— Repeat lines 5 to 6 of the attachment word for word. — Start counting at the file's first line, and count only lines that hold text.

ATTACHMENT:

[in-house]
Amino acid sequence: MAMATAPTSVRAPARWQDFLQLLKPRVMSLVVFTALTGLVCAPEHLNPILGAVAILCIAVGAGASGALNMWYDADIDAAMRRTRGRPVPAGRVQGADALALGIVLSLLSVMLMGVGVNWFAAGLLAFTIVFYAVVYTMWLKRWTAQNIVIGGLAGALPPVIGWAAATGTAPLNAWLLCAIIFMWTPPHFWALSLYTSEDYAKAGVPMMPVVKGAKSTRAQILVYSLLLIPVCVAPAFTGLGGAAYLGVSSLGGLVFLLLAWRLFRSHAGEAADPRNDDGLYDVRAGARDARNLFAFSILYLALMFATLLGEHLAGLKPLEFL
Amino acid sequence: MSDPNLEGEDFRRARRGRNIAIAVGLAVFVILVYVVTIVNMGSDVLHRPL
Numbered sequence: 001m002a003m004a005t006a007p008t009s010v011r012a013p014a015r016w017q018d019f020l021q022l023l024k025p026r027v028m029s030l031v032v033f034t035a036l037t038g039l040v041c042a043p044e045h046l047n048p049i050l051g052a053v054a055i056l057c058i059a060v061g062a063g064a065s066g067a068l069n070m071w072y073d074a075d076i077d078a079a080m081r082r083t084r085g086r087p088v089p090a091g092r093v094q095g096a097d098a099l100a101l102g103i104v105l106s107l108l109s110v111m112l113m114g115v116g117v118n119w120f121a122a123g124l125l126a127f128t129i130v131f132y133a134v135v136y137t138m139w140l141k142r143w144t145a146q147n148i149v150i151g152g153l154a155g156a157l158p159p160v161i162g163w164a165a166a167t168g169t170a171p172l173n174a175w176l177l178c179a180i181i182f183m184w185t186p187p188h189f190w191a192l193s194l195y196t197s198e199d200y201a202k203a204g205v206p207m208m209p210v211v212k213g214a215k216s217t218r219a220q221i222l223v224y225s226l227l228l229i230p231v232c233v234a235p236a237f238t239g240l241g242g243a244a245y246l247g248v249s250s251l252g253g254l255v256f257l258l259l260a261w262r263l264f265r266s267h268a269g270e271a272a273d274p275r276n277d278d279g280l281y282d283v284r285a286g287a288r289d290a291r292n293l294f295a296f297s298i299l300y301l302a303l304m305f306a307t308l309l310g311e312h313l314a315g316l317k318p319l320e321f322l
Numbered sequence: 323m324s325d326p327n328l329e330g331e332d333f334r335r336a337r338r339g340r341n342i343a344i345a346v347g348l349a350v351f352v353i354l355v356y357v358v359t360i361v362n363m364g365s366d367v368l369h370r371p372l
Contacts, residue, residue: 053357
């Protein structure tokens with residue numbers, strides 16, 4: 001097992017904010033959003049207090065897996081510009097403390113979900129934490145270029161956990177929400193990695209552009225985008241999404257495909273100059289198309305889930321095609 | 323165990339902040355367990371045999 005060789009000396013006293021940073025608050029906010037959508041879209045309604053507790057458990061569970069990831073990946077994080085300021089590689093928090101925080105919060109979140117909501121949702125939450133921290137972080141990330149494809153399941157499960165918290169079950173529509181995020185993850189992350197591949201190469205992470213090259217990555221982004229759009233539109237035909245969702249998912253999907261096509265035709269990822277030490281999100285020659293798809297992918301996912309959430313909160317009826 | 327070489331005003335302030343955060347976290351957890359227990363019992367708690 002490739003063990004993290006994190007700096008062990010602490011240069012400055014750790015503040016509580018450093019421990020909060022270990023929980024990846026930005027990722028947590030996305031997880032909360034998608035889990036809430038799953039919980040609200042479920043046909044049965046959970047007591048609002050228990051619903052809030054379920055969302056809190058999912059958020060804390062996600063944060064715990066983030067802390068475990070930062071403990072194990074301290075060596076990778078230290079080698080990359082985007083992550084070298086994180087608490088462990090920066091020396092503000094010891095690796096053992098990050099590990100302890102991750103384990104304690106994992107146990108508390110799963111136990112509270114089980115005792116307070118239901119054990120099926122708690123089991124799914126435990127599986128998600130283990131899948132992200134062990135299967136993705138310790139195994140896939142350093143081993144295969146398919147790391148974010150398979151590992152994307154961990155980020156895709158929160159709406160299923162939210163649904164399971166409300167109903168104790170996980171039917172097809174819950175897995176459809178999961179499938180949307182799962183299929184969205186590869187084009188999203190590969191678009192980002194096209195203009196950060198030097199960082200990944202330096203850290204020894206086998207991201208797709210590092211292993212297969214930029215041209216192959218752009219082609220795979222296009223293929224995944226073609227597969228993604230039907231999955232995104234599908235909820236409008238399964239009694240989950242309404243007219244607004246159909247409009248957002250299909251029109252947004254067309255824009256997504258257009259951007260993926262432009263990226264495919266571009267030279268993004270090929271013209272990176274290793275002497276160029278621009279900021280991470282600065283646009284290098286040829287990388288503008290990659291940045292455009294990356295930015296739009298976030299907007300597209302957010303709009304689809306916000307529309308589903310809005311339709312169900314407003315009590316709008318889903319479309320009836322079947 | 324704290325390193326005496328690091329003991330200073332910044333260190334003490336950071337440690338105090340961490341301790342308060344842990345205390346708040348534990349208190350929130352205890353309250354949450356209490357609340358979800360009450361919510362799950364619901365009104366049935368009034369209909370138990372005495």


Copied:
Numbered sequence: 323m324s325d326p327n328l329e330g331e332d333f334r335r336a337r338r339g340r341n342i343a344i345a346v347g348l349a350v351f352v353i354l355v356y357v358v359t360i361v362n363m364g365s366d367v368l369h370r371p372l
Contacts, residue, residue: 053357